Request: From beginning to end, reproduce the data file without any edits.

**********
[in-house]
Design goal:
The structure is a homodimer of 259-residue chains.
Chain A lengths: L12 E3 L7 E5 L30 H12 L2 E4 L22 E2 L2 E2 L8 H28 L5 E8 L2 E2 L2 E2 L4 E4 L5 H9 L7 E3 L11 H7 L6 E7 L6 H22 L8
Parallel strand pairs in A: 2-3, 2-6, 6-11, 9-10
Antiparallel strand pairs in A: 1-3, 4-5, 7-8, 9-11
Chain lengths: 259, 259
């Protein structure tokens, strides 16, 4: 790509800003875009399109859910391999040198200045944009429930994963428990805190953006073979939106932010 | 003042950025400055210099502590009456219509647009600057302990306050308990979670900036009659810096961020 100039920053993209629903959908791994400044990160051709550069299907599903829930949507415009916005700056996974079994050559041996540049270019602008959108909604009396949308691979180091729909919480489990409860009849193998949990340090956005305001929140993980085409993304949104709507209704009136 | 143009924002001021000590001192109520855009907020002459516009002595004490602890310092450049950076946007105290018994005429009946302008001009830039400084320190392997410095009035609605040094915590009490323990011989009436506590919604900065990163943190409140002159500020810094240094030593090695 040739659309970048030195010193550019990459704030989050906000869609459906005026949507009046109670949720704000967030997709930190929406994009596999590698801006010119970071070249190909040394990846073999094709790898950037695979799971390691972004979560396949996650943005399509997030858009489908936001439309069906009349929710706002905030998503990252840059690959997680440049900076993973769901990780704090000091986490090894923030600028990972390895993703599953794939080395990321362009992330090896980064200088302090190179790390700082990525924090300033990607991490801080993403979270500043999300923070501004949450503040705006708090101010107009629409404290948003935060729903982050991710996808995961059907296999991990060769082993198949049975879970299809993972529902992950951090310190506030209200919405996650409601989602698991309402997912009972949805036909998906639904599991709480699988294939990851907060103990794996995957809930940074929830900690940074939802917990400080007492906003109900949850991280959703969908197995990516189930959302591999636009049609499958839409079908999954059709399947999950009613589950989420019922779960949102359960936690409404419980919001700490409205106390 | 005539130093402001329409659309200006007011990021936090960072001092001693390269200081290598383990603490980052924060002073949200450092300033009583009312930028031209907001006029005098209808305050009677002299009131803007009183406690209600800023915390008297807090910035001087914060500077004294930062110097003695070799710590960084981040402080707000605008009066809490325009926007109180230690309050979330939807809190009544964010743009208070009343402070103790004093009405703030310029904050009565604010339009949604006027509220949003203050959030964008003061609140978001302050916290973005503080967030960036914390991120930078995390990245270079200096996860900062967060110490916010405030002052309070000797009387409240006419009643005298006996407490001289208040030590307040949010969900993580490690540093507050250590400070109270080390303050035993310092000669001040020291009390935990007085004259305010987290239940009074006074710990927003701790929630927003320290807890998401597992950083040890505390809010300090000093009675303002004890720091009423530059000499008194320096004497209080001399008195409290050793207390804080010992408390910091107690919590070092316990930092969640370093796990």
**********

[in-house]
Design goal:
The structure is a homodimer of 259-residue chains.
Chain A lengths: L12 E3 L7 E5 L30 H12 L2 E4 L22 E2 L2 E2 L8 H28 L5 E8 L2 E2 L2 E2 L4 E4 L5 H9 L7 E3 L11 H7 L6 E7 L6 H22 L8
Parallel strand pairs in A: 2-3, 2-6, 6-11, 9-10
Antiparallel strand pairs in A: 1-3, 4-5, 7-8, 9-11
Chain lengths: 259, 259
């Protein structure tokens, strides 16, 4: 790509800003875009399109859910391999040198200045944009429930994963428990805190953006073979939106932010 | 003042950025400055210099502590009456219509647009600057302990306050308990979670900036009659810096961020 100039920053993209629903959908791994400044990160051709550069299907599903829930949507415009916005700056996974079994050559041996540049270019602008959108909604009396949308691979180091729909919480489990409860009849193998949990340090956005305001929140993980085409993304949104709507209704009136 | 143009924002001021000590001192109520855009907020002459516009002595004490602890310092450049950076946007105290018994005429009946302008001009830039400084320190392997410095009035609605040094915590009490323990011989009436506590919604900065990163943190409140002159500020810094240094030593090695 040739659309970048030195010193550019990459704030989050906000869609459906005026949507009046109670949720704000967030997709930190929406994009596999590698801006010119970071070249190909040394990846073999094709790898950037695979799971390691972004979560396949996650943005399509997030858009489908936001439309069906009349929710706002905030998503990252840059690959997680440049900076993973769901990780704090000091986490090894923030600028990972390895993703599953794939080395990321362009992330090896980064200088302090190179790390700082990525924090300033990607991490801080993403979270500043999300923070501004949450503040705006708090101010107009629409404290948003935060729903982050991710996808995961059907296999991990060769082993198949049975879970299809993972529902992950951090310190506030209200919405996650409601989602698991309402997912009972949805036909998906639904599991709480699988294939990851907060103990794996995957809930940074929830900690940074939802917990400080007492906003109900949850991280959703969908197995990516189930959302591999636009049609499958839409079908999954059709399947999950009613589950989420019922779960949102359960936690409404419980919001700490409205106390 | 005539130093402001329409659309200006007011990021936090960072001092001693390269200081290598383990603490980052924060002073949200450092300033009583009312930028031209907001006029005098209808305050009677002299009131803007009183406690209600800023915390008297807090910035001087914060500077004294930062110097003695070799710590960084981040402080707000605008009066809490325009926007109180230690309050979330939807809190009544964010743009208070009343402070103790004093009405703030310029904050009565604010339009949604006027509220949003203050959030964008003061609140978001302050916290973005503080967030960036914390991120930078995390990245270079200096996860900062967060110490916010405030002052309070000797009387409240006419009643005298006996407490001289208040030590307040949010969900993580490690540093507050250590400070109270080390303050035993310092000669001040020291009390935990007085004259305010987290239940009074006074710990927003701790929630927003320290807890998401597992950083040890505390809010300090000093009675303002004890720091009423530059000499008194320096004497209080001399008195409290050793207390804080010992408390910091107690919590070092316990930092969640370093796990």